Based on the polluter pay principle, a carbon tax attaches a usage fee to fossil fuels in proportion to the carbon content of the fuel, providing a financial incentive to reduce carbon dioxide emissions. Making use of existing mechanisms of tax collection available at local, state, or national levels, a carbon tax can be assessed as far upstream in the supply chain as possible, for example, at the point of extraction or at the wholesale level. The tax is phased in at a lower rate with a commitment to a predictable increase quickly enough to reduce emissions.
On its own, the carbon tax is regressive. A carbon tax needs to be tied to public investments such as education, healthcare, energy efficiency, and community renewable energy, in addition to distributing dividend payments to taxpayers and/or including tax shifts for revenue neutrality to protect the most vulnerable.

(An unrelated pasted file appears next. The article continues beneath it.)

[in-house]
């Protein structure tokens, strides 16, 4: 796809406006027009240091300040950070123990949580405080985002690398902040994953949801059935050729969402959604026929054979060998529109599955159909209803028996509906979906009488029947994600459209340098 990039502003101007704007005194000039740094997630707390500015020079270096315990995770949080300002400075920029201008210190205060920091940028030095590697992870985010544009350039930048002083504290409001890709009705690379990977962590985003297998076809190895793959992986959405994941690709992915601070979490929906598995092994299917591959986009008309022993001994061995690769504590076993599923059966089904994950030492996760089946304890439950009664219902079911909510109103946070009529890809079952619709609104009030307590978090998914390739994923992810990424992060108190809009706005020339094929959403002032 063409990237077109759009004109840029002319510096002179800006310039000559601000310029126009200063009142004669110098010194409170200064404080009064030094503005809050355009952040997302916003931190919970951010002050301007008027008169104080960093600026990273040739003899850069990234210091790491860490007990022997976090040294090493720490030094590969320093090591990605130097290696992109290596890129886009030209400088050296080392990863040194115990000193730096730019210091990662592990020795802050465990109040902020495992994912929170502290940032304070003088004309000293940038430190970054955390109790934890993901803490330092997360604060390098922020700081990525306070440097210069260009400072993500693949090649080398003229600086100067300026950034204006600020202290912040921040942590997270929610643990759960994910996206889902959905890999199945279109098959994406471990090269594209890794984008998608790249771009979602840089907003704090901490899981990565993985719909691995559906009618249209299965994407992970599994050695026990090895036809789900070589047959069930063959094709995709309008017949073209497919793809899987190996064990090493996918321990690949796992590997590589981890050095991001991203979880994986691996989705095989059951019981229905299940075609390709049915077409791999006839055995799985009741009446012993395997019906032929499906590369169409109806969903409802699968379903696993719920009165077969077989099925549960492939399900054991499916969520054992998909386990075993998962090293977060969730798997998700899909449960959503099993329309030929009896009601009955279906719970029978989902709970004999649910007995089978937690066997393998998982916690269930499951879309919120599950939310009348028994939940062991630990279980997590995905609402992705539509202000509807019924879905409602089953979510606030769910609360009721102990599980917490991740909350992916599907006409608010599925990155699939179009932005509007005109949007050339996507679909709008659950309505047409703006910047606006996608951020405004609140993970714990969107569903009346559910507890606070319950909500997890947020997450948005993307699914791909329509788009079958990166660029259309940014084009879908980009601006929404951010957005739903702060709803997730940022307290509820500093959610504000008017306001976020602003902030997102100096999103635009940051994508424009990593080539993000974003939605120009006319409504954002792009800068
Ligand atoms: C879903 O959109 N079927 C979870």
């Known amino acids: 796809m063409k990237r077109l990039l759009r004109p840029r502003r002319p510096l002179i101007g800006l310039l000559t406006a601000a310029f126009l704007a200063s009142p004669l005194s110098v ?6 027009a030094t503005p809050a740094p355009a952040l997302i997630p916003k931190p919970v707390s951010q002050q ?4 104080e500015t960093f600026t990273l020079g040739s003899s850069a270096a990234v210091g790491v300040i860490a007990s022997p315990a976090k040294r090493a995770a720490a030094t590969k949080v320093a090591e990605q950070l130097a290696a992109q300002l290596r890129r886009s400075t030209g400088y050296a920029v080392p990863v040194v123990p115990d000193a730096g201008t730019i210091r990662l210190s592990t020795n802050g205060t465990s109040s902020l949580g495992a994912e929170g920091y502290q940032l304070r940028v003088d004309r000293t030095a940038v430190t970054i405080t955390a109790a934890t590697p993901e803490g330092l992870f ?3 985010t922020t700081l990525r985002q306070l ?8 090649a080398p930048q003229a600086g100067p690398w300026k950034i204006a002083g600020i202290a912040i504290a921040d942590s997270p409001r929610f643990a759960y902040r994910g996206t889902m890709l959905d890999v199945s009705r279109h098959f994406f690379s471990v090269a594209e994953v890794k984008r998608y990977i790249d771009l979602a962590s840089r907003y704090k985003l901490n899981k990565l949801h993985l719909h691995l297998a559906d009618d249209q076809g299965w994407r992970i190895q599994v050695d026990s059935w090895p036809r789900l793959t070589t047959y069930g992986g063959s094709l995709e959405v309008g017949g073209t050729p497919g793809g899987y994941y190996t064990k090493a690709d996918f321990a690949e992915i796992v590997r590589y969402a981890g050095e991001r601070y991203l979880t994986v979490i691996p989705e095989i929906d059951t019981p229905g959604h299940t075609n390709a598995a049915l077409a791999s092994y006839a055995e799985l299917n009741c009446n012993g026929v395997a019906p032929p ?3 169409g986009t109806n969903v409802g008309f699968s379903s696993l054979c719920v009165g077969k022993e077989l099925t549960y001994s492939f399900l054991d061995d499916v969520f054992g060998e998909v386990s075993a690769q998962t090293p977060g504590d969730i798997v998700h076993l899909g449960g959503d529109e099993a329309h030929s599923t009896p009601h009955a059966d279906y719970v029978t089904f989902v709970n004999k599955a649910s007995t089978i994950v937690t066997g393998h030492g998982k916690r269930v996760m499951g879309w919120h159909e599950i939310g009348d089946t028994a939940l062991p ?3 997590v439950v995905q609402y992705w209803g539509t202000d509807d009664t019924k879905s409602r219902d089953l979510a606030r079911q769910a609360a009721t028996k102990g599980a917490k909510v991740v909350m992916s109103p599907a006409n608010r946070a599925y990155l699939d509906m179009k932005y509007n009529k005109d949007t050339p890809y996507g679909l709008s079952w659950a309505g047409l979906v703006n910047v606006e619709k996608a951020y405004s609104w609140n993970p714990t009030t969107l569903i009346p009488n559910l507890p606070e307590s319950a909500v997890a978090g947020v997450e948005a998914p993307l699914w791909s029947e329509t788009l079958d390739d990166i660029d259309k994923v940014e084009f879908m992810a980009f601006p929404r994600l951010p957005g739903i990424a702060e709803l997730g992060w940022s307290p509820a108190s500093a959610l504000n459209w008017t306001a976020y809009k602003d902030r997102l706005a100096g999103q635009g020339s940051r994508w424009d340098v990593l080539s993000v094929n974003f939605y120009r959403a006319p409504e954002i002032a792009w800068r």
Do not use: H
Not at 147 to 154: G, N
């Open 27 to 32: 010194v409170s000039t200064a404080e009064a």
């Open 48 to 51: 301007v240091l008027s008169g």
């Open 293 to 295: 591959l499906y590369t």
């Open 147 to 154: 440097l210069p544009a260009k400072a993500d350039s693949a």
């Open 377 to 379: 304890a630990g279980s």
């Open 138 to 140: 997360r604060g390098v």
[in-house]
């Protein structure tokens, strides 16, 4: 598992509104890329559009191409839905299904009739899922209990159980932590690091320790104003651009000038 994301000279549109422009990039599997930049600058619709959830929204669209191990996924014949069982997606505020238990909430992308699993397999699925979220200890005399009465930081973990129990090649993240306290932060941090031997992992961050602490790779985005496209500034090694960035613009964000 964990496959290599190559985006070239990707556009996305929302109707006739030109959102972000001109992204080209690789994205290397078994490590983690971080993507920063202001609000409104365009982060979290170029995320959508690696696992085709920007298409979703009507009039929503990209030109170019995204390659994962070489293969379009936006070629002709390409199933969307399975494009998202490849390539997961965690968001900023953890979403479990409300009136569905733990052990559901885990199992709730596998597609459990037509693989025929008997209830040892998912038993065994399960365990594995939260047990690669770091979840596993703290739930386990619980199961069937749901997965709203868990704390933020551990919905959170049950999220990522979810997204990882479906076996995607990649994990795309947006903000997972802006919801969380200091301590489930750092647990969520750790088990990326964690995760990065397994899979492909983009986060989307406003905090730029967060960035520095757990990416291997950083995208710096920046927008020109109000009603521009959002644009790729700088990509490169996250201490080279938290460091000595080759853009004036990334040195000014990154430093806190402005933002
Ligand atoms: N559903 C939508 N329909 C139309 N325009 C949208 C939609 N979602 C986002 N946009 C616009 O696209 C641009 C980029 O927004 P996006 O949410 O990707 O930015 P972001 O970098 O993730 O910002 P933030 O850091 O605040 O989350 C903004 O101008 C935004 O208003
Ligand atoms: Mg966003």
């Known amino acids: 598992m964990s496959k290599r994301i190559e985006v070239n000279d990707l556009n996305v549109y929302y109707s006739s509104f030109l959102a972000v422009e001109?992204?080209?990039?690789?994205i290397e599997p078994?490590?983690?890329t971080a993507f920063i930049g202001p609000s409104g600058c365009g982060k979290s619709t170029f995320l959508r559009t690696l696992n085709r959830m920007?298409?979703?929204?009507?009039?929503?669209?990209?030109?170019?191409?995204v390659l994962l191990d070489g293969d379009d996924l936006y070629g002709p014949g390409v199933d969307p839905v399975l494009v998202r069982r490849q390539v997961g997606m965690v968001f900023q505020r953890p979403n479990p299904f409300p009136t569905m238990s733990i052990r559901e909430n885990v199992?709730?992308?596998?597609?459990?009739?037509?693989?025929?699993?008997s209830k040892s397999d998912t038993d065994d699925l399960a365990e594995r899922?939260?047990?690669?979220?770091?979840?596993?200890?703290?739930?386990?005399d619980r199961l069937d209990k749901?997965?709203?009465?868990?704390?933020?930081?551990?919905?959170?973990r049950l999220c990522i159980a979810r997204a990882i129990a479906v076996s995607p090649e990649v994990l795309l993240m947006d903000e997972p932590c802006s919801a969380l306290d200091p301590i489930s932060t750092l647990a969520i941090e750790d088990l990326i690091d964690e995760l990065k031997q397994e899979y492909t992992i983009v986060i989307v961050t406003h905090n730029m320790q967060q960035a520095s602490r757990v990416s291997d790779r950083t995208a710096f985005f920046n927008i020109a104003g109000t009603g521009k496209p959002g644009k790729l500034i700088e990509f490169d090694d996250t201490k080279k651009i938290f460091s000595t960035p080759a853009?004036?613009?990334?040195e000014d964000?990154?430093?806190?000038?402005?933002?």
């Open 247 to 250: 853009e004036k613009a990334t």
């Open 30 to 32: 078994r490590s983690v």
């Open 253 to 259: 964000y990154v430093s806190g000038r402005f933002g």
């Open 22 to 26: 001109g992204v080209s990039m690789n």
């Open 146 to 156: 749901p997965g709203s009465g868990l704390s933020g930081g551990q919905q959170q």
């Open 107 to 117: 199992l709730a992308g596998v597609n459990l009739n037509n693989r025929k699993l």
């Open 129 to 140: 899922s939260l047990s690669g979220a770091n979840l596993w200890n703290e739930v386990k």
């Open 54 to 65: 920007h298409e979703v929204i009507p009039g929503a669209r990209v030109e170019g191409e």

Possibly. But only if the tax not only puts pressure on emissions, and also creates visible new resources for marginalized communities to participate in the green transition.
Risk & Drawbacks?
Proposed new taxes will face robust political opposition. Without community participation in the investment decision-making process, those investments may not meet community needs and/or exacerbate existing inequalities and patterns of exclusion.
Perhaps most famously, British Columbia’s revenue-neutral carbon tax, while not directly targeting public investments, has encouraged investments in renewables and energy efficiency at the local level, and other options for investments remain available as the tax rate increases.